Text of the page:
Those mysterious spots have since been confirmed as little more than large salt patches, but astronomers have now revealed that Ceres is hiding an even more intriguing secret - it's appears to be covered in huge craters of water ice, hidden just below its surface.
Yep, our new favourite dwarf planet (sorry, Pluto) has been hiding vast reservoirs of ice from us all along.
It's well known that Ceres is covered in dark, shadowy craters, many of which are positioned so that they never see the light of day. But researchers across two separate papers published last week have discovered that at least one of these craters - and perhaps many of them - are filled with frozen water.
That means the dwarf planet, which is located in the main asteroid belt between Mars and Jupiter, could one day serve as a refuelling base for missions heading deep into our Solar System - not to mention the fact that it just got a whole lot more fascinating for astrobiologists.
"There are over 600 persistently shadowed regions on Ceres," said one of the researchers who worked across both appears, Norbert Schorghofer from the University of Hawai'i, in a press conference last week. "I call it Ceres' darkest secret."
The prediction that Ceres was covered in ice hidden just below the surface was first made by astronomers 30 years ago, but until now, we haven't had the evidence to back it up.
When the Dawn spacecraft started orbiting the dwarf planet in March 2015, the focus was initially on its strange bright spots, rather than its dark craters.
But now, in one of the studies published last week, Dawn's Framing Camera has been able to capture scattered light coming from a crater called PSR2 near Ceres' north pole, and the data show that it's filled with a huge sheet of frozen water.
These dark craters are known as 'cold traps', seeing as they contain temperatures lower than –163 degrees Celsius (–260 Fahrenheit and 110 Kelvin). This means they're so cold that very little ice stored in them is likely to turn into vapour, even over billions of years.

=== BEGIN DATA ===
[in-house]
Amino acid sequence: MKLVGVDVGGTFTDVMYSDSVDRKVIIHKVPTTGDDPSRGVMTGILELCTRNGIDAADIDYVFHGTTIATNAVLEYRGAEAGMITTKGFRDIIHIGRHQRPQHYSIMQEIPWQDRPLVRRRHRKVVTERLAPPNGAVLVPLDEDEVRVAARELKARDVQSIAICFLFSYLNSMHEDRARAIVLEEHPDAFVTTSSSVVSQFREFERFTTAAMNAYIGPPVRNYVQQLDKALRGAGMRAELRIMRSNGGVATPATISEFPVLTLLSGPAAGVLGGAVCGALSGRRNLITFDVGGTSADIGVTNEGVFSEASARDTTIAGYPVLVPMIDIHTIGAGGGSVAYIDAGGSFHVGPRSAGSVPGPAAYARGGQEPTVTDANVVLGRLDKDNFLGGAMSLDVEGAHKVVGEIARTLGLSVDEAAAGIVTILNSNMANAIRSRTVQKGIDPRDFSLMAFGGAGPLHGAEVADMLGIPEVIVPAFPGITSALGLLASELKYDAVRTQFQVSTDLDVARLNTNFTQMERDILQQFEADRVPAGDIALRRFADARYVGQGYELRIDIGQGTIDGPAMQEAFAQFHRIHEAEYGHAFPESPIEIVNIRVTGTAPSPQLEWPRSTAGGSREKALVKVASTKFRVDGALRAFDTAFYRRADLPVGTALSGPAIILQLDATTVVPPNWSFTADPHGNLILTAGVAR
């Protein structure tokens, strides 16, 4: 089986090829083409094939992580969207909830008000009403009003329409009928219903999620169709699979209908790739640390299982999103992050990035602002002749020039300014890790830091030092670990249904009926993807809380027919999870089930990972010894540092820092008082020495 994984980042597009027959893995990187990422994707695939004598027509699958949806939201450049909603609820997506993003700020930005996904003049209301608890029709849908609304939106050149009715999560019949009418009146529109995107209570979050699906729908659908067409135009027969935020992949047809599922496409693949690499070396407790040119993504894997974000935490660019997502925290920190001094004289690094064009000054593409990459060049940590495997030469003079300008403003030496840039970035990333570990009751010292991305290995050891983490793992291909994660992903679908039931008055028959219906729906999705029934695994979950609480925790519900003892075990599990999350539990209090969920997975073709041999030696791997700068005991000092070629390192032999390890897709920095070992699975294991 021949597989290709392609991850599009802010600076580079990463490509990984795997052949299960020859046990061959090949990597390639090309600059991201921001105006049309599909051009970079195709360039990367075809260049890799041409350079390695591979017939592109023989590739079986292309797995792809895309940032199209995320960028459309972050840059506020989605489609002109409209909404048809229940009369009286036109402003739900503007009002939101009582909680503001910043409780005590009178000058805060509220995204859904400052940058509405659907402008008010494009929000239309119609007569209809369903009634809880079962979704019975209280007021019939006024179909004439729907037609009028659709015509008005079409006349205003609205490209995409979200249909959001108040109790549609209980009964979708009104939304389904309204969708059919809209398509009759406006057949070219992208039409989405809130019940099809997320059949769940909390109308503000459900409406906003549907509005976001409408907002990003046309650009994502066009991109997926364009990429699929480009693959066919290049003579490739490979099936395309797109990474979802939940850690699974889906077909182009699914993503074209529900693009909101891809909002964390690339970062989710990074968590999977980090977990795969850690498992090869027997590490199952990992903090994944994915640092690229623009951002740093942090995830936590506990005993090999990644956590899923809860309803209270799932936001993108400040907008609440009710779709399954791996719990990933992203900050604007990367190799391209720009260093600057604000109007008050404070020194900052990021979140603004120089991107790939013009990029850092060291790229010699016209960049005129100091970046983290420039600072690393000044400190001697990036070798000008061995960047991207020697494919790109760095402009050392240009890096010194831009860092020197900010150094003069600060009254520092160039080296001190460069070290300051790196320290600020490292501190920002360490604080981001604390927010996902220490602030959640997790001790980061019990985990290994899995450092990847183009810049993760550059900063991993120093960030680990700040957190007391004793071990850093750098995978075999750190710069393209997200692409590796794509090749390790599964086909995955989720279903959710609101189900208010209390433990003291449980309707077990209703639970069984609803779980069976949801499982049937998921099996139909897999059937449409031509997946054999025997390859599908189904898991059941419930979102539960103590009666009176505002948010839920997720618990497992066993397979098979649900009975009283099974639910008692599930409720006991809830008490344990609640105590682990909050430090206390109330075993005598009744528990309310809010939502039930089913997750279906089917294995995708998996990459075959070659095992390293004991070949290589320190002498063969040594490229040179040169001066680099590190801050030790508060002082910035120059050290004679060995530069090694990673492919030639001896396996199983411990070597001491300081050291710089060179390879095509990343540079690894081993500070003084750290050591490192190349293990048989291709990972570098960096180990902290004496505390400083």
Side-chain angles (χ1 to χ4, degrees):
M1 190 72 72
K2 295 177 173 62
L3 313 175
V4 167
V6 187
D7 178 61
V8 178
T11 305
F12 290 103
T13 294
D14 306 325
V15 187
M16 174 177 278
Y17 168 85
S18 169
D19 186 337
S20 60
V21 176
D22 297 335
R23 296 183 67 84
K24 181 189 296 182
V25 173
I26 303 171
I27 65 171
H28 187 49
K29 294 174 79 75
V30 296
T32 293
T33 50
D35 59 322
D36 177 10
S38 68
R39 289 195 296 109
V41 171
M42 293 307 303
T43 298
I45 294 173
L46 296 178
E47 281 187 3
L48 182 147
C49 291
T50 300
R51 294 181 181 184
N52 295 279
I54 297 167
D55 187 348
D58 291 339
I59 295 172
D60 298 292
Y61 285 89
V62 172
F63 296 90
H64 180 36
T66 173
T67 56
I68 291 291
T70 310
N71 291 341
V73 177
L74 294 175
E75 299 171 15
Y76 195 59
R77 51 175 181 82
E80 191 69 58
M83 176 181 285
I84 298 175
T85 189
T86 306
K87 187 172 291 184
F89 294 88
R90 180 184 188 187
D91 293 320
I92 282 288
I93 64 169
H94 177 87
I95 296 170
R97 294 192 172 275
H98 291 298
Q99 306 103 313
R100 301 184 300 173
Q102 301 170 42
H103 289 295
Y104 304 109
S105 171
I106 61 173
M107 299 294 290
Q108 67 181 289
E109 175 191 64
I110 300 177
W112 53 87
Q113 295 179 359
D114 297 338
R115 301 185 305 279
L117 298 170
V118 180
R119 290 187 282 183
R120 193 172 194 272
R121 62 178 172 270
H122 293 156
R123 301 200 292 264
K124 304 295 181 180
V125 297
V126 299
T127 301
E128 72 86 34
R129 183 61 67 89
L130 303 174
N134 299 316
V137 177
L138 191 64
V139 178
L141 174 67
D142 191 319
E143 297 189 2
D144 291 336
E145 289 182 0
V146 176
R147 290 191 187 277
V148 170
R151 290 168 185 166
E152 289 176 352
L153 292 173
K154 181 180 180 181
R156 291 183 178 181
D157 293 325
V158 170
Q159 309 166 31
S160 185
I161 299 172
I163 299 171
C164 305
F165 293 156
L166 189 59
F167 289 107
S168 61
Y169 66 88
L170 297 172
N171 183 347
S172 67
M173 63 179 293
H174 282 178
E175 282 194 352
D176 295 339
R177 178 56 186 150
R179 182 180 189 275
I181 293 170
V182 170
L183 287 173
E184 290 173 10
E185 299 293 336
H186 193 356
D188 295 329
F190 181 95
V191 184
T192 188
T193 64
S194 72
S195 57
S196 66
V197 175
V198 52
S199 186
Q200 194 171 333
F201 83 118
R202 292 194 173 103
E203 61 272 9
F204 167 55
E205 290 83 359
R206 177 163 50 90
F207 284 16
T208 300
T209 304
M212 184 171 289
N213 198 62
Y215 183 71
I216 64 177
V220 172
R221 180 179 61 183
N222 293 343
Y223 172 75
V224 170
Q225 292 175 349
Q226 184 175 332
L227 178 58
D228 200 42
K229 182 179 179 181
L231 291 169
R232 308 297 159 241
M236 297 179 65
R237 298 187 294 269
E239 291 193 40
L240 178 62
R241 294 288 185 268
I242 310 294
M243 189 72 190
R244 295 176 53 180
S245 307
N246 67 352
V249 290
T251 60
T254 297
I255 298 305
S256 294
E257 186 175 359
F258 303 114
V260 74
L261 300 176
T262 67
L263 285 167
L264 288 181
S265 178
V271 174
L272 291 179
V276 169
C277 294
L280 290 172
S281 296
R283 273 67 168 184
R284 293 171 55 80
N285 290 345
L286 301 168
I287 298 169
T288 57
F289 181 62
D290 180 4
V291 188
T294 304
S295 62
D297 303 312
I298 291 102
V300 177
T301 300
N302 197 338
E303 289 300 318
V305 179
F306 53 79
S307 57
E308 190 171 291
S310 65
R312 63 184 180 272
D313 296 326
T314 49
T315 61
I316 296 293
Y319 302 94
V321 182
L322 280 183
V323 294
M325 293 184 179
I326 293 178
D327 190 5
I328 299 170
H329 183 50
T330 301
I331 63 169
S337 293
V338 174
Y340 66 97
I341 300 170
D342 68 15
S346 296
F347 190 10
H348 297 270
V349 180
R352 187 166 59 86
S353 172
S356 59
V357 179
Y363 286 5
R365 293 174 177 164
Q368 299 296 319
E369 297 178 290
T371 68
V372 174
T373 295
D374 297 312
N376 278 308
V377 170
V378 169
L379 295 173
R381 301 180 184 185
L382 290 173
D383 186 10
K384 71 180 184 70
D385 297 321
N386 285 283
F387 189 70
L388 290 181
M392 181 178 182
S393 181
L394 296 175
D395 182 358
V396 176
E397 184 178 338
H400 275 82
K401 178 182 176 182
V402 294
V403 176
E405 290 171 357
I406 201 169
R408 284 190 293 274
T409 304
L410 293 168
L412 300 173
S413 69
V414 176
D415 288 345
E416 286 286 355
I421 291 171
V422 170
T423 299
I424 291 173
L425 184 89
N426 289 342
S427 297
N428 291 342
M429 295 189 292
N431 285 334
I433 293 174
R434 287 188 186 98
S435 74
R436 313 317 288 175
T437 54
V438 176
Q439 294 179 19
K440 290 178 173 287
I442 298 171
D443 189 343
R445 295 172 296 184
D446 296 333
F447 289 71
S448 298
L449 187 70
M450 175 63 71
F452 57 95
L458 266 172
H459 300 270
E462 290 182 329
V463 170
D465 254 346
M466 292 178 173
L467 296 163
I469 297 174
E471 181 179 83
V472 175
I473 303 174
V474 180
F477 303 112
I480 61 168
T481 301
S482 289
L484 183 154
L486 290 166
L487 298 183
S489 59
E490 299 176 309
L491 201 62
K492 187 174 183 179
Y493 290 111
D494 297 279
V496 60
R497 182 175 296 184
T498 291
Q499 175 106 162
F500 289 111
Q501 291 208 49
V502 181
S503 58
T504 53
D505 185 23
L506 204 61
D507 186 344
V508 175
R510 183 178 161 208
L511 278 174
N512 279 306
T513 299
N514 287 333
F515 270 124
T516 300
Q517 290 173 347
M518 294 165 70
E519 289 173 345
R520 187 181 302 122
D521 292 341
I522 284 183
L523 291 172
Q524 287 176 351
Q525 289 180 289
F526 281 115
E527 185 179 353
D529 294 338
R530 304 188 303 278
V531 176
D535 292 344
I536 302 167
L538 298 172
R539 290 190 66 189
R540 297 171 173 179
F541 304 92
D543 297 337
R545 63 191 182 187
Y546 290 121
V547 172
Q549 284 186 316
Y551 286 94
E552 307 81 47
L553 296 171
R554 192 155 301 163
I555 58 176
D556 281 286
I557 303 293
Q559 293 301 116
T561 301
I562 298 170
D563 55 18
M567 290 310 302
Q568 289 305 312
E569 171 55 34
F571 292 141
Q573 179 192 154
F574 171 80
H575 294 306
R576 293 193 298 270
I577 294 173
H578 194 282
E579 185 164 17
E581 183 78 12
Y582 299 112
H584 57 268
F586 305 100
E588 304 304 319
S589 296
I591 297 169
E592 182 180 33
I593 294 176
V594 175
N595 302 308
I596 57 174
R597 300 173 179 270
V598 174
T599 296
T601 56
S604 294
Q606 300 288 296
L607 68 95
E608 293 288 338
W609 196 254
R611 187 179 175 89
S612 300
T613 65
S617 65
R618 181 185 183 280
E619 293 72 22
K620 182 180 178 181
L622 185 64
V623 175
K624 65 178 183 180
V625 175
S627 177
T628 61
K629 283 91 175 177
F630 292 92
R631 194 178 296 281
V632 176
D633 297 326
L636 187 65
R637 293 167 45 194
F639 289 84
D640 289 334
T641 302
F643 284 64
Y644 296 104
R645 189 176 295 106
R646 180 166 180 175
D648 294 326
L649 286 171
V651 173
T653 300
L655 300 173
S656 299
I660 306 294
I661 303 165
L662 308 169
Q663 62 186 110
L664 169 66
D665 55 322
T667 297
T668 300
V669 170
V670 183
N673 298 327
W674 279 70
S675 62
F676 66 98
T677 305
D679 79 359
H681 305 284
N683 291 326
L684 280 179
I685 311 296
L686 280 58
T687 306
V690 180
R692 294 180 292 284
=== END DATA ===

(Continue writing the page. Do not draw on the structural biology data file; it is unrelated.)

So far, PSR2 is the only crater researchers have managed to look inside using Dawn's infrared mapping spectrometer, but the team also detected bright deposits on the floor of 10 other permanently shadowed craters - which could likely be evidence of more ice.
In fact, in the second paper released last week, the team estimates that Ceres is made up of about 10 percent water, now frozen into ice.
"On Ceres, ice is not just localised to a few craters. It's everywhere, and nearer to the surface with higher latitudes," said lead researcher Thomas Prettyman, from the Planetary Science Institute in Arizona.
"These results confirm predictions made nearly three decades ago that ice can survive for billions of years just beneath the surface of Ceres."
The second study used Dawn's gamma ray and neutron detector (GRaND) to look at the number and energy of gamma rays and neutrons being scattered by the top metre of Ceres' surface.
The way these neutrons and gamma rays are scattered can tell researchers what the surface material is made of.
The team suggests that rather than Ceres having a solid layer of ice covering it, the planet is likely made up of a porous mixture of rocky material, and ice has filled its pores.
Based on this evidence, it's more likely than ever that other asteroids in the main asteroid belt could contain ice just under their surface - which is awesome news for space explorers who want to mine asteroids for hydrogen on the way to more distant planets.
"The evidence strengthens the case for the presence of near-surface water ice on other main belt asteroids," said Prettyman.
The research also sheds light on which types of rocky bodies in the Solar System could have once had water ice - and might still have it.
"By finding bodies that were water-rich in the distant past, we can discover clues as to where life may have existed in the early Solar System," said Carol Raymond, deputy principal investigator of NASA's Dawn mission.
The big question now is where Ceres' ice came from in the first place.
"We are interested in how this ice got there and how it managed to last so long," said Schorghofer in a press release. "It could have come from Ceres' ice-rich crust, or it could have been delivered from space."
Either way, we're eager to find out what other secrets Ceres might reveal to us in the coming months.
Check out an incredible flyover of Ceres' Occator Crater below: